Athens responders embrace community outreach with seat belt covers

By  | February 29, 2020 | Filed under: News

Athens Fire and Rescue Chief Bryan Thornton talking about the importance of the project

ATHENS-When first responders arrive at a motor vehicle accident, the scene can be chaotic, especially when children are involved.


If a child or the child’s parents are unable to communicate, responders do not know if the child has a special need. Children with autism or another special need may resist help, may not recognize danger and may become upset by the lights and noise.

Starting Monday, March 2, Athens Police Dept and Fire Station No. 1 will have seat belt covers available upon request for families who have a child or adult with a special need. During a vehicle emergency, if the parent, for example, is unconscious, the seat belt cover alerts police, fire and medical personnel  the child has a special need and may not recognize danger or may not respond to help.
The covers are free upon request while supplies last. A grant from Rep. Crawford, Sen. Butler and Sen. Melson allowed us to purchase 300.

The Mayor’s Office saw a project online where a mother uses a Velcro seat belt cover to alert responders her child has a special need. Athens Police Chief Floyd Johnson and Athens Fire Chief Bryan Thornton embraced the idea as a community outreach project for their departments.


“The more information we can equip ourselves with as responders, the better we can serve our citizens,” Thornton said.


Members of the Limestone County Legislative Delegation approved community grants to fund the purchase of 300 seat belt covers for fire and police. Half of the covers say, “I have autism. May not respond. May resist help. May be unaware of danger.” Half say, “I have special needs. May not respond.” Camdens Designs and Creations in Kentucky had a template for the seat belt covers and created them for the project.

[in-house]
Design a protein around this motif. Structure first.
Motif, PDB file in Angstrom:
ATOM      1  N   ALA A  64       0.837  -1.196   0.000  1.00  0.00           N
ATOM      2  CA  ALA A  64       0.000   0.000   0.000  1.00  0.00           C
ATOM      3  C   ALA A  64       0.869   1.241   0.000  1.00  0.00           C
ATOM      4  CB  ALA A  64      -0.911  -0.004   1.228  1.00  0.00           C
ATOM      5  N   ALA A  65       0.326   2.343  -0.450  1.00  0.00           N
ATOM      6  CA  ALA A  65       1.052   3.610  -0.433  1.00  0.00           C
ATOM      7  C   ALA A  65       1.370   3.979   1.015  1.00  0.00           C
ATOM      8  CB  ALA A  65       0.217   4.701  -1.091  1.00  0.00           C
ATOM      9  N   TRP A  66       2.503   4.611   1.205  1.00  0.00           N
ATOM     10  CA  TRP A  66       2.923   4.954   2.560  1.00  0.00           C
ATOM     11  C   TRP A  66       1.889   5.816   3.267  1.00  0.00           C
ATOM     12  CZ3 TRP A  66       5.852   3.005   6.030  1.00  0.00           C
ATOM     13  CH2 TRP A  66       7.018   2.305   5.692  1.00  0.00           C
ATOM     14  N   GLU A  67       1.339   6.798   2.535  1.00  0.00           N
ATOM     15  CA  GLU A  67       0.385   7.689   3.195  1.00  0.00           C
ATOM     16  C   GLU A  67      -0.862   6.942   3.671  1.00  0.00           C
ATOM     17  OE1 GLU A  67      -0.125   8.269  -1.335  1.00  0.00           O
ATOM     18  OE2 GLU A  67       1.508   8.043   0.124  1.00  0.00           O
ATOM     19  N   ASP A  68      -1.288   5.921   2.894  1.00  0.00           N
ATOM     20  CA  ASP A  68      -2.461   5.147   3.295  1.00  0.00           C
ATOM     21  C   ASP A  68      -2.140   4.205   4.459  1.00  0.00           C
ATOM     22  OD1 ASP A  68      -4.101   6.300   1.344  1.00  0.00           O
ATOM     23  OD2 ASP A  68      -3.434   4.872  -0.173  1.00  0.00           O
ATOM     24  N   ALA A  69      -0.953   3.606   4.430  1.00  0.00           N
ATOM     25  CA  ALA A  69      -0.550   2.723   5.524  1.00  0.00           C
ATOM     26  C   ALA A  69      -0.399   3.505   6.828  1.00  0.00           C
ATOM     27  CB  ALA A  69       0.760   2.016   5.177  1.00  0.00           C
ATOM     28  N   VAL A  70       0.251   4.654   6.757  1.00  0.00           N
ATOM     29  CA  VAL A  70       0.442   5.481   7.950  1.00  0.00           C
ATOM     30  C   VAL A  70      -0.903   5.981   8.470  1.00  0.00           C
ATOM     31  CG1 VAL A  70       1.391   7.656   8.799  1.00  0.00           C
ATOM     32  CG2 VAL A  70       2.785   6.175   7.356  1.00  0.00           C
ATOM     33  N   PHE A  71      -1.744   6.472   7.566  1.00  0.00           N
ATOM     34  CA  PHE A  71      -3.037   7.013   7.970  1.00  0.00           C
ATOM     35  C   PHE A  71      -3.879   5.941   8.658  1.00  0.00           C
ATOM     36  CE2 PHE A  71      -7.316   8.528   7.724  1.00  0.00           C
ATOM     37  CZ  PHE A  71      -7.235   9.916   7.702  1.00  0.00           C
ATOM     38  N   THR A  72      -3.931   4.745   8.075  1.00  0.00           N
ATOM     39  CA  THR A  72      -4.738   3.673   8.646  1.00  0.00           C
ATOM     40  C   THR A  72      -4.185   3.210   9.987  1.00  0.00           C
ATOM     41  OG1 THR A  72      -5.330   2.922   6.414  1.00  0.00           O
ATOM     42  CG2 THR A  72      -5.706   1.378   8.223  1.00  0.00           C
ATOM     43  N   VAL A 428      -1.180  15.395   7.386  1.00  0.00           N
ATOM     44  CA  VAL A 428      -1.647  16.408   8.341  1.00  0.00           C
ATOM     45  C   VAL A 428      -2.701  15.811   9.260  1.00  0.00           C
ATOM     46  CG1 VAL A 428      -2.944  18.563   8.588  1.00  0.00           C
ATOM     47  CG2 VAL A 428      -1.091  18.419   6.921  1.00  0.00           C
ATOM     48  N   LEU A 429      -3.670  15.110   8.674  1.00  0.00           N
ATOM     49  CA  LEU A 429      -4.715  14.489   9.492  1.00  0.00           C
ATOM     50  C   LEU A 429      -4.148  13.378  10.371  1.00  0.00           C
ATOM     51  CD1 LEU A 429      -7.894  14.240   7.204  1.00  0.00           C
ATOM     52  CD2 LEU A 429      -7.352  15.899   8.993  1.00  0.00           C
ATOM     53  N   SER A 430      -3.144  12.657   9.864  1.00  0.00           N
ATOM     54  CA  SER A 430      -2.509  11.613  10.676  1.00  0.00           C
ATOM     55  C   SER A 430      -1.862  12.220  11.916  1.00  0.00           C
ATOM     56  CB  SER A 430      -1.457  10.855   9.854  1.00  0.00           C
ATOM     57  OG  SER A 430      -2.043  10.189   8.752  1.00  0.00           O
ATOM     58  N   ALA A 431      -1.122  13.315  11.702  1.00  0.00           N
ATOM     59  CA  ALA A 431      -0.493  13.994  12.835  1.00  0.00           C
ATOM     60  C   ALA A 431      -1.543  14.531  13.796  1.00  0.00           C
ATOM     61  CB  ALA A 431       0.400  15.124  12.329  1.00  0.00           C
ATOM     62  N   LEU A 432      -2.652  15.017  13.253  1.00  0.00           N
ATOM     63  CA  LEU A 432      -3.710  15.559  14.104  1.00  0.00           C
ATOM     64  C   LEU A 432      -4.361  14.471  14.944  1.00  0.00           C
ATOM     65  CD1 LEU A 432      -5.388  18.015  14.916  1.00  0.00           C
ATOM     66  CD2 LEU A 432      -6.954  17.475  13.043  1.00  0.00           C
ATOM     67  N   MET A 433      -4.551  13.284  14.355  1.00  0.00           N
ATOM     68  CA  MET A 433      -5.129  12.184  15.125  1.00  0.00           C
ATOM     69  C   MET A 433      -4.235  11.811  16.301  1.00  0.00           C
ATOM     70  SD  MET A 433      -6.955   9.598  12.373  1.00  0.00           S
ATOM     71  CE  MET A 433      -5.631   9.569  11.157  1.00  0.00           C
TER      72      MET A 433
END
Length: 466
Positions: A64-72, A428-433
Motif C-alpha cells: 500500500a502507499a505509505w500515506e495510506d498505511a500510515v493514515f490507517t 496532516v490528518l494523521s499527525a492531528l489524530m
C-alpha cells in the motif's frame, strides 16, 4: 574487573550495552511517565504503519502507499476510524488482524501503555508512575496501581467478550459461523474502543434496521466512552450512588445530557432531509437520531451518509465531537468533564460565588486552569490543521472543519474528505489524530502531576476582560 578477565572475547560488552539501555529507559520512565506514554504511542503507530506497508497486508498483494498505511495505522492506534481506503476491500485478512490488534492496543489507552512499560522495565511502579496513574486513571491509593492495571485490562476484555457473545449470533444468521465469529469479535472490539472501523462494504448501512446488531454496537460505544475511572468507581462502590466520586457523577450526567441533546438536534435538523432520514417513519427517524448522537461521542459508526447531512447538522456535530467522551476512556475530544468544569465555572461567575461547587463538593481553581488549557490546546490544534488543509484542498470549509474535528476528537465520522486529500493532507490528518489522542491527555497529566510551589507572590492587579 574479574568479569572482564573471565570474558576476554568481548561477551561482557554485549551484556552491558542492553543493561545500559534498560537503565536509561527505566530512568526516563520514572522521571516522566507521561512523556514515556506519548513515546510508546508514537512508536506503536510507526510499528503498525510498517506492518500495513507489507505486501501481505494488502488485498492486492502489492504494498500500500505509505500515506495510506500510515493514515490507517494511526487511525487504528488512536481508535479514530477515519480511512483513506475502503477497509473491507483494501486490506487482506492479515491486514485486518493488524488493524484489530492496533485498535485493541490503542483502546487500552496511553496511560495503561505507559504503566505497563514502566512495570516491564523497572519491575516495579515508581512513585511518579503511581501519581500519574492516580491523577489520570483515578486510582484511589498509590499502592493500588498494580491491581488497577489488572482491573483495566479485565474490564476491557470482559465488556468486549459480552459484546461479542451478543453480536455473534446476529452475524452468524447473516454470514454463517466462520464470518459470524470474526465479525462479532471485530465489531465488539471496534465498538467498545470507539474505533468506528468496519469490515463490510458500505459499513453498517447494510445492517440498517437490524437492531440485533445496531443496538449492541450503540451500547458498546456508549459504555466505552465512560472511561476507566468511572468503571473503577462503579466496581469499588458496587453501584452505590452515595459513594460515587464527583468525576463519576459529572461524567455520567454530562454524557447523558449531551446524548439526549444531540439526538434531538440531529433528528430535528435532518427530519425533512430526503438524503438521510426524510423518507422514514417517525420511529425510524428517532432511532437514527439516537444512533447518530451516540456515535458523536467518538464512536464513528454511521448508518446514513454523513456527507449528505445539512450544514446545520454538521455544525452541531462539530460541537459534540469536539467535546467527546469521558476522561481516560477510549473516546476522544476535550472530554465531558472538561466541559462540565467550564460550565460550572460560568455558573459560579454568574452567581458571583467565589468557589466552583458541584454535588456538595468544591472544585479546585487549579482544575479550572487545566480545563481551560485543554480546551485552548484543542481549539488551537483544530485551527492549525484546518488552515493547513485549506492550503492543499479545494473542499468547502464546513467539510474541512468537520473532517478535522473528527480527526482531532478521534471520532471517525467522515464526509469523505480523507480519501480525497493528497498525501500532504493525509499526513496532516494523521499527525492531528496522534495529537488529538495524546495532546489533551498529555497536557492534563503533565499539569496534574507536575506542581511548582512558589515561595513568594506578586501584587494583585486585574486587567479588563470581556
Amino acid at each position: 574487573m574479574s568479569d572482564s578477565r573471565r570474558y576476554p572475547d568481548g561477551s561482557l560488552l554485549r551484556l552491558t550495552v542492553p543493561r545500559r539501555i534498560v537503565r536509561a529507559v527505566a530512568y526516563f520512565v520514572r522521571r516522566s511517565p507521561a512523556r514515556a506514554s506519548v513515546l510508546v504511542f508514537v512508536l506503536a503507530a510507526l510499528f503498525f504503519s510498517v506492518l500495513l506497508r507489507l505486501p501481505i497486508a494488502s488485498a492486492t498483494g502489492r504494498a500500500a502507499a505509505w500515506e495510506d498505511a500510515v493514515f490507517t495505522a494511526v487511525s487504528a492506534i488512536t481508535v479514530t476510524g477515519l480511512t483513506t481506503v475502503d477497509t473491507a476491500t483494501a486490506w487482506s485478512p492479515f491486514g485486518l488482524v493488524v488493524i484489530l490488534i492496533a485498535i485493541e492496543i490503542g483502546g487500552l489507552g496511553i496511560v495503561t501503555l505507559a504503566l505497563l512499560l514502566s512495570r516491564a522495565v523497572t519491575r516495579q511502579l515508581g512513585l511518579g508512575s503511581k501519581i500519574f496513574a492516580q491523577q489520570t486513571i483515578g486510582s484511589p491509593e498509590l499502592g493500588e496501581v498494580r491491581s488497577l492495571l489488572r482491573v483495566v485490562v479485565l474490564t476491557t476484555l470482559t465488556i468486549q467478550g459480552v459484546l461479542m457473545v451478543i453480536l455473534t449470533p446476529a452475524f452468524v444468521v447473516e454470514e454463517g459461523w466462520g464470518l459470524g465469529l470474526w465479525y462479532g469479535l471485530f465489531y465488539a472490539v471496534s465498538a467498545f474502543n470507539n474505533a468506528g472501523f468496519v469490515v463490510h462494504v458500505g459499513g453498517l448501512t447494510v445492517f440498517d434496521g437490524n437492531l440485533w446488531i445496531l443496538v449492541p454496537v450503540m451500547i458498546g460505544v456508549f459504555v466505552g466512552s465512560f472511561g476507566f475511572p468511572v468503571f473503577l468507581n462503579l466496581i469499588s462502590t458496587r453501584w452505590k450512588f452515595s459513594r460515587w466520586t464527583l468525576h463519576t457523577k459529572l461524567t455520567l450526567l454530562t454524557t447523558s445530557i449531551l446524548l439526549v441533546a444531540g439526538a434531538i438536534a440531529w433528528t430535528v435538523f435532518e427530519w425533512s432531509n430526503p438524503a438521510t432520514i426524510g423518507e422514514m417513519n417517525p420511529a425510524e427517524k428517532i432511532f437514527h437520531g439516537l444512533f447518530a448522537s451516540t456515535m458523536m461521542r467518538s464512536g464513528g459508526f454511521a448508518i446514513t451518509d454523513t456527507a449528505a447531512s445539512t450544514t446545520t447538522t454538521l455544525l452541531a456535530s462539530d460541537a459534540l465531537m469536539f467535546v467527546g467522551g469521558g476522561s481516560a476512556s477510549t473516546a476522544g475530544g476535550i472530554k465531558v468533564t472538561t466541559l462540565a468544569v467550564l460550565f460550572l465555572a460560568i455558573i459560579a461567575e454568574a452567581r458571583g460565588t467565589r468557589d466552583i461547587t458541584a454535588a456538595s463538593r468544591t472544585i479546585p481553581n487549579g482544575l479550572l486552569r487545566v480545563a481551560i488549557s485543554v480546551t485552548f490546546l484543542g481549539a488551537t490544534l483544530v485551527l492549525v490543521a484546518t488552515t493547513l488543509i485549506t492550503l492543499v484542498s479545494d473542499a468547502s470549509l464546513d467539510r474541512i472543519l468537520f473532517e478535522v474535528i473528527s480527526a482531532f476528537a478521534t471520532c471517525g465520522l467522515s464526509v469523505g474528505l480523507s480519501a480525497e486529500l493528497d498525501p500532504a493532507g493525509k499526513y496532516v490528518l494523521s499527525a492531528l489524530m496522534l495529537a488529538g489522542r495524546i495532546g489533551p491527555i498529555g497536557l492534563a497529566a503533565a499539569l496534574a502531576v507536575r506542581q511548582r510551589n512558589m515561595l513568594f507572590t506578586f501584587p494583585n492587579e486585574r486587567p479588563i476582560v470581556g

Rep. Danny Crawford, Sen. Tom Butler and Sen. Tim Melson split the cost with three grants for a total of $2,967.

APD and AFR will distribute the seat belt covers to families upon request.


Johnson and Thornton said this community outreach project will:


  • Enable police, fire, and medical personnel to have the knowledge needed to understand a child may be resistant or non-communicative because of a special need and not necessarily from an unknown injury.
  • Allow the responders to utilize specialized training in treating and communicating with a child who has autism or a special need.
  • Enhance relationships between police, fire and the community by providing a positive interaction between officers, firefighters and citizens.


Fire Station No. 1 on Washington Street and the Athens Police Department will have the seat belt covers available for the public starting Monday, March 2. AFR and APD will also distribute the seat belt covers upon request at various community events, while supplies last.


“This is such a simple idea, but one that encourages us to reach out into our community and look for creative ways to better serve the public,” Mayor Ronnie Marks said. “We appreciate Rep. Crawford, Sen. Butler and Sen. Melson for seeing the importance of this project.”


Sen. Butler said he wants to share the idea statewide with other agencies. Rep. Crawford said this is the type project the delegation’s community grant program is thrilled to fund.


Stacey Givens and Todd Tomerlin, each a parent with an autistic child, said being proactive allows all of those involved in a situation or emergency to respond in the best interest of the child or adult with a special need. Givens said during a traffic stop, her son Brooks became upset by the lights and siren and concerned she was going to jail. Givens has an autism awareness car tag, and she said the officer saw it and responded with gentleness, which put her son and herself at ease.


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